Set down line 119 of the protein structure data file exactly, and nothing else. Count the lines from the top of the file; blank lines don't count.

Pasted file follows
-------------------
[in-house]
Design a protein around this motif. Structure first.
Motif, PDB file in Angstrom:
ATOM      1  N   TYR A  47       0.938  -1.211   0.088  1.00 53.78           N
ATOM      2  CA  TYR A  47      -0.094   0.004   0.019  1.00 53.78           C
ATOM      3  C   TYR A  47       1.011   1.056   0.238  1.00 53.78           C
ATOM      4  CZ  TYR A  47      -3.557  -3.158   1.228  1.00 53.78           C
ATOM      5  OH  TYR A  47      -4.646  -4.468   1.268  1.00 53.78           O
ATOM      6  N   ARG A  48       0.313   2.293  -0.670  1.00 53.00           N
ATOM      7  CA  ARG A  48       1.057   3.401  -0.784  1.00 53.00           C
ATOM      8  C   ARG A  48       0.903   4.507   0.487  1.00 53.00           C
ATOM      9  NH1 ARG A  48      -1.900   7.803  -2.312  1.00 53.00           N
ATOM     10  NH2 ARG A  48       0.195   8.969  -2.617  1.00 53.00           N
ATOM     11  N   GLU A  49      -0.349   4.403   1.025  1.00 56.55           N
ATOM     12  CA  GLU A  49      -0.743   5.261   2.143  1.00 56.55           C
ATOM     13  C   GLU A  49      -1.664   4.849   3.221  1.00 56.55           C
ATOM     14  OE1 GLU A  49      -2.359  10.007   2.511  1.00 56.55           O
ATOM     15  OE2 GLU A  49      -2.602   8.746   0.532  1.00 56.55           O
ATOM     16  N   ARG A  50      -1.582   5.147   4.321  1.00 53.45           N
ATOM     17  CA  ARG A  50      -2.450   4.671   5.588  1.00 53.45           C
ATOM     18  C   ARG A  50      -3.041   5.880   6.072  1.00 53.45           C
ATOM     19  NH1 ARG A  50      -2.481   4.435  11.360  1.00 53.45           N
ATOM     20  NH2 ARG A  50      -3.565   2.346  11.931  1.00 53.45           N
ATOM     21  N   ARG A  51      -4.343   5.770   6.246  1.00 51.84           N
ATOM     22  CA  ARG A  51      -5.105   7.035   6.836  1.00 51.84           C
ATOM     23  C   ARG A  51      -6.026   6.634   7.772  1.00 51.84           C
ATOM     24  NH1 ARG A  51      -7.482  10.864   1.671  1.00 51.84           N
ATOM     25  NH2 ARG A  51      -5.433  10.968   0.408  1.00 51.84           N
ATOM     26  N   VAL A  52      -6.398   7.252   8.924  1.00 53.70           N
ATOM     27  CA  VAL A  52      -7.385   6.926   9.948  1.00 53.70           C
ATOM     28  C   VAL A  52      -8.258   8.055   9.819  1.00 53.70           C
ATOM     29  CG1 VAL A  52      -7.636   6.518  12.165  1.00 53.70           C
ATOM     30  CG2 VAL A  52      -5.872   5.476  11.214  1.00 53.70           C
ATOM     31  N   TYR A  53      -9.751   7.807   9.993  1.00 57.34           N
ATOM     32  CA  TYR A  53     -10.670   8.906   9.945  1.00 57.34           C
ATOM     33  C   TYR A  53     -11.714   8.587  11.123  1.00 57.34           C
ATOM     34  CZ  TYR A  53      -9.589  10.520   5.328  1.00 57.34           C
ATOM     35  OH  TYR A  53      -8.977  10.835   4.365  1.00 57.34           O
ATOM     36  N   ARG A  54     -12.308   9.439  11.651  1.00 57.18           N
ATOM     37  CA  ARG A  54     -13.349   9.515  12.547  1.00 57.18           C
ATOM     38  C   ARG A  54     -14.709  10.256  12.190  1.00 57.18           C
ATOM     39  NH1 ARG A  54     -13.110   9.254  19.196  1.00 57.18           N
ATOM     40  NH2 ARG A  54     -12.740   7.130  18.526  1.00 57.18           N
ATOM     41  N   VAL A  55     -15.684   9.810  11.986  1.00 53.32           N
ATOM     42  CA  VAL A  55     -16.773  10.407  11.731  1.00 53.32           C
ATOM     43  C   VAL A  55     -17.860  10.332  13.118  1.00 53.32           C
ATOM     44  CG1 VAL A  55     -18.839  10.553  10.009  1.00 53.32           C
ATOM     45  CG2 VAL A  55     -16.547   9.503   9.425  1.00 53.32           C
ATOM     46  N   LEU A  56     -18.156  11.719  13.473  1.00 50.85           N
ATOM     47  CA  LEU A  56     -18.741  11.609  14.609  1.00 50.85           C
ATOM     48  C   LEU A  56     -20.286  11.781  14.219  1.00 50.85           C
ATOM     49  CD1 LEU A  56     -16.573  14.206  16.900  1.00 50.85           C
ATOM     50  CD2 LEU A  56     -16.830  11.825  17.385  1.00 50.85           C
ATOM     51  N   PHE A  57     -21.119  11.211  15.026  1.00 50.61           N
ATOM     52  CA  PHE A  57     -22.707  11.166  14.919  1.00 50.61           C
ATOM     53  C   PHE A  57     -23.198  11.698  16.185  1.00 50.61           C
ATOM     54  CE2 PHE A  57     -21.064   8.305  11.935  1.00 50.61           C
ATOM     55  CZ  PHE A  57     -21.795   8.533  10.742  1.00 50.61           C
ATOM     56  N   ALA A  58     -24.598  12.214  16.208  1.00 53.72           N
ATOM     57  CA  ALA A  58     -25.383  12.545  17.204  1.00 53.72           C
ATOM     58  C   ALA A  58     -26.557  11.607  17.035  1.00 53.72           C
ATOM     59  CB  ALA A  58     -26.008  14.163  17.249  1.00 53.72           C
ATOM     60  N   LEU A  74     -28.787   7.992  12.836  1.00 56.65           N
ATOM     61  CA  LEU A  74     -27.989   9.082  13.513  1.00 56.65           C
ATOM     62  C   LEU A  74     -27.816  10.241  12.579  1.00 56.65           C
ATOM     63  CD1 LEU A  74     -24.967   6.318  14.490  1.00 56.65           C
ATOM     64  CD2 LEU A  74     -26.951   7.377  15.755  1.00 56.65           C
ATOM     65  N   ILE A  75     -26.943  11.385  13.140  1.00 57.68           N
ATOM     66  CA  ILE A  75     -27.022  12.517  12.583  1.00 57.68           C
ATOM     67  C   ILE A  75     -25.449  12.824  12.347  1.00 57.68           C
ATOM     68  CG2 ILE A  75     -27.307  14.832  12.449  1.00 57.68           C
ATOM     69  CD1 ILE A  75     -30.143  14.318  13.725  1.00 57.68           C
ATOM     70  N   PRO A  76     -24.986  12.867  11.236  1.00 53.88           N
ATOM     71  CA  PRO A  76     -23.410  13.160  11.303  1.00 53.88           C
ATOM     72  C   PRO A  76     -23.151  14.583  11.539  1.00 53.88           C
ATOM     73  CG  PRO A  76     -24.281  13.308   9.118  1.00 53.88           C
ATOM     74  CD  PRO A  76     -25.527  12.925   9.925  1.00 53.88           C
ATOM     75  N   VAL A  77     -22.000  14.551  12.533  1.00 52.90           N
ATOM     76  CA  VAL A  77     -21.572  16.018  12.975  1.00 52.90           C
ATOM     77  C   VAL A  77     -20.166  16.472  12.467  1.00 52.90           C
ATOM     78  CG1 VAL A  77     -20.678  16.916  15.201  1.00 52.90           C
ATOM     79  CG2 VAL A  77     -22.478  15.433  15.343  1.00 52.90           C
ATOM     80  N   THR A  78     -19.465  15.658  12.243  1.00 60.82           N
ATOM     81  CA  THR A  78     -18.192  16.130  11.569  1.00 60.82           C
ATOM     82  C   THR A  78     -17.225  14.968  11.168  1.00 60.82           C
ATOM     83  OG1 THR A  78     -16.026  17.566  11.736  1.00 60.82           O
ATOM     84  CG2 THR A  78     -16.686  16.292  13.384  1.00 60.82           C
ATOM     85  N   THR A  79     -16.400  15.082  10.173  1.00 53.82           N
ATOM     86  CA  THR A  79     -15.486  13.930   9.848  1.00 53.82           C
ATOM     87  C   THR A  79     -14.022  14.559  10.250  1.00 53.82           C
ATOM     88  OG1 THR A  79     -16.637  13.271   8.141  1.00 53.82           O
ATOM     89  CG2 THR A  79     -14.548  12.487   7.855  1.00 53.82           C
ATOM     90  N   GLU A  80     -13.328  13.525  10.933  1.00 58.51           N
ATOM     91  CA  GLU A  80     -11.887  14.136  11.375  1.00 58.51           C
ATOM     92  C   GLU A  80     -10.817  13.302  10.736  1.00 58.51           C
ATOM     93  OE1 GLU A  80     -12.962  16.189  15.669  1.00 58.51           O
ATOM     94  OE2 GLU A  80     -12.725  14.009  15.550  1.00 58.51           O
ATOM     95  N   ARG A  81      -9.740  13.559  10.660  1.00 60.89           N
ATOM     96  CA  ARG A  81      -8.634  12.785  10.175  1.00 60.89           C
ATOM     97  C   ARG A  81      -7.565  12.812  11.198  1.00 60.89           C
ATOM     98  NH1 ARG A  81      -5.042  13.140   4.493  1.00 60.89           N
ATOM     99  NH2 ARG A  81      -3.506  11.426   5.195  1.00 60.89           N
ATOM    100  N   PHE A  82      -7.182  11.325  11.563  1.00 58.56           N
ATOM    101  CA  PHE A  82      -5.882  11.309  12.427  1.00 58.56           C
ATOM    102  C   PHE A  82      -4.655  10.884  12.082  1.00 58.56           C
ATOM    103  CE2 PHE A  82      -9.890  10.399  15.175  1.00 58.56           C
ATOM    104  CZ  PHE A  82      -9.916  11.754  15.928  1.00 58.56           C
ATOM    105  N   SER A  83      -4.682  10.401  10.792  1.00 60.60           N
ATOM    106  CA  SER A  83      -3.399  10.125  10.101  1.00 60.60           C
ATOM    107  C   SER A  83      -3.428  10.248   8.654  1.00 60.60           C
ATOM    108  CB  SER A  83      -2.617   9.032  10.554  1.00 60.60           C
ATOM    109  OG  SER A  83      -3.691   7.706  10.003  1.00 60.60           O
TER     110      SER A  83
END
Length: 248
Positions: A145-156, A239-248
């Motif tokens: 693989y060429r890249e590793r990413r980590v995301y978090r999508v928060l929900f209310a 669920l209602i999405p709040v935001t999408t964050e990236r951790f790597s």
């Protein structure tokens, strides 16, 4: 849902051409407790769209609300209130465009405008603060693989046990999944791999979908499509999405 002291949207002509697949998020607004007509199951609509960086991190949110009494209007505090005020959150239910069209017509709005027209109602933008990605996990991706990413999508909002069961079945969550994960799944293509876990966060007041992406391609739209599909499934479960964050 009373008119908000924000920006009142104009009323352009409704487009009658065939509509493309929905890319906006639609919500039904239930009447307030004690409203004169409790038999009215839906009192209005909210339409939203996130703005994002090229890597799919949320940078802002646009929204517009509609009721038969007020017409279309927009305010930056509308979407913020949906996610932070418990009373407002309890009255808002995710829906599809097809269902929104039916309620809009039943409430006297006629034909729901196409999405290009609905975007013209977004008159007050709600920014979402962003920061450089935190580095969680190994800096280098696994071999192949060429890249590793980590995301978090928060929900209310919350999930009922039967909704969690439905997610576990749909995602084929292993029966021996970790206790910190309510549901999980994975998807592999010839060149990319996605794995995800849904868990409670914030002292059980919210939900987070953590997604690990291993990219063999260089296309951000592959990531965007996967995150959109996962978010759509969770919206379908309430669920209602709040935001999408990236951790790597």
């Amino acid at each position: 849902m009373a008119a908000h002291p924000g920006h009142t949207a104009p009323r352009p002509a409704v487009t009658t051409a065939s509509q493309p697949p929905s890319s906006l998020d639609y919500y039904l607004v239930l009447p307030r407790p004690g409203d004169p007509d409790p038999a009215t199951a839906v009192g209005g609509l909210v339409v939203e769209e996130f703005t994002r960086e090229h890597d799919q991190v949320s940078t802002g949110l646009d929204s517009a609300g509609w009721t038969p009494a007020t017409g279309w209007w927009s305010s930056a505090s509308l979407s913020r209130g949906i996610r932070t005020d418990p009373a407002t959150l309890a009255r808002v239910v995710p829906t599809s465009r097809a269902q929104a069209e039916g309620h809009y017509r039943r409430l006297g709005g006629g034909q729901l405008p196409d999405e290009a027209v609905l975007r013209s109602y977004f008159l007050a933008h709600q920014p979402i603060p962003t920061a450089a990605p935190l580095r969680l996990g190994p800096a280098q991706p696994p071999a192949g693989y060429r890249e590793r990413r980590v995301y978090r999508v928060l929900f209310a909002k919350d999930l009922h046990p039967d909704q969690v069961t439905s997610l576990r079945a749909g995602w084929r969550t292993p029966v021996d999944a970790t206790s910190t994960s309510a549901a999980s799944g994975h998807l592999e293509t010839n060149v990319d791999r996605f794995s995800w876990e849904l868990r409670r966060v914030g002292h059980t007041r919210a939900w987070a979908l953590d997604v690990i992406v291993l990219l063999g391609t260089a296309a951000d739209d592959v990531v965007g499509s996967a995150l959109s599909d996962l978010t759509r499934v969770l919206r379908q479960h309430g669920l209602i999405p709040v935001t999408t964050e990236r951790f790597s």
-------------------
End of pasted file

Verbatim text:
């Amino acid at each position: 849902m009373a008119a908000h002291p924000g920006h009142t949207a104009p009323r352009p002509a409704v487009t009658t051409a065939s509509q493309p697949p929905s890319s906006l998020d639609y919500y039904l607004v239930l009447p307030r407790p004690g409203d004169p007509d409790p038999a009215t199951a839906v009192g209005g609509l909210v339409v939203e769209e996130f703005t994002r960086e090229h890597d799919q991190v949320s940078t802002g949110l646009d929204s517009a609300g509609w009721t038969p009494a007020t017409g279309w209007w927009s305010s930056a505090s509308l979407s913020r209130g949906i996610r932070t005020d418990p009373a407002t959150l309890a009255r808002v239910v995710p829906t599809s465009r097809a269902q929104a069209e039916g309620h809009y017509r039943r409430l006297g709005g006629g034909q729901l405008p196409d999405e290009a027209v609905l975007r013209s109602y977004f008159l007050a933008h709600q920014p979402i603060p962003t920061a450089a990605p935190l580095r969680l996990g190994p800096a280098q991706p696994p071999a192949g693989y060429r890249e590793r990413r980590v995301y978090r999508v928060l929900f209310a909002k919350d999930l009922h046990p039967d909704q969690v069961t439905s997610l576990r079945a749909g995602w084929r969550t292993p029966v021996d999944a970790t206790s910190t994960s309510a549901a999980s799944g994975h998807l592999e293509t010839n060149v990319d791999r996605f794995s995800w876990e849904l868990r409670r966060v914030g002292h059980t007041r919210a939900w987070a979908l953590d997604v690990i992406v291993l990219l063999g391609t260089a296309a951000d739209d592959v990531v965007g499509s996967a995150l959109s599909d996962l978010t759509r499934v969770l919206r379908q479960h309430g669920l209602i999405p709040v935001t999408t964050e990236r951790f790597s």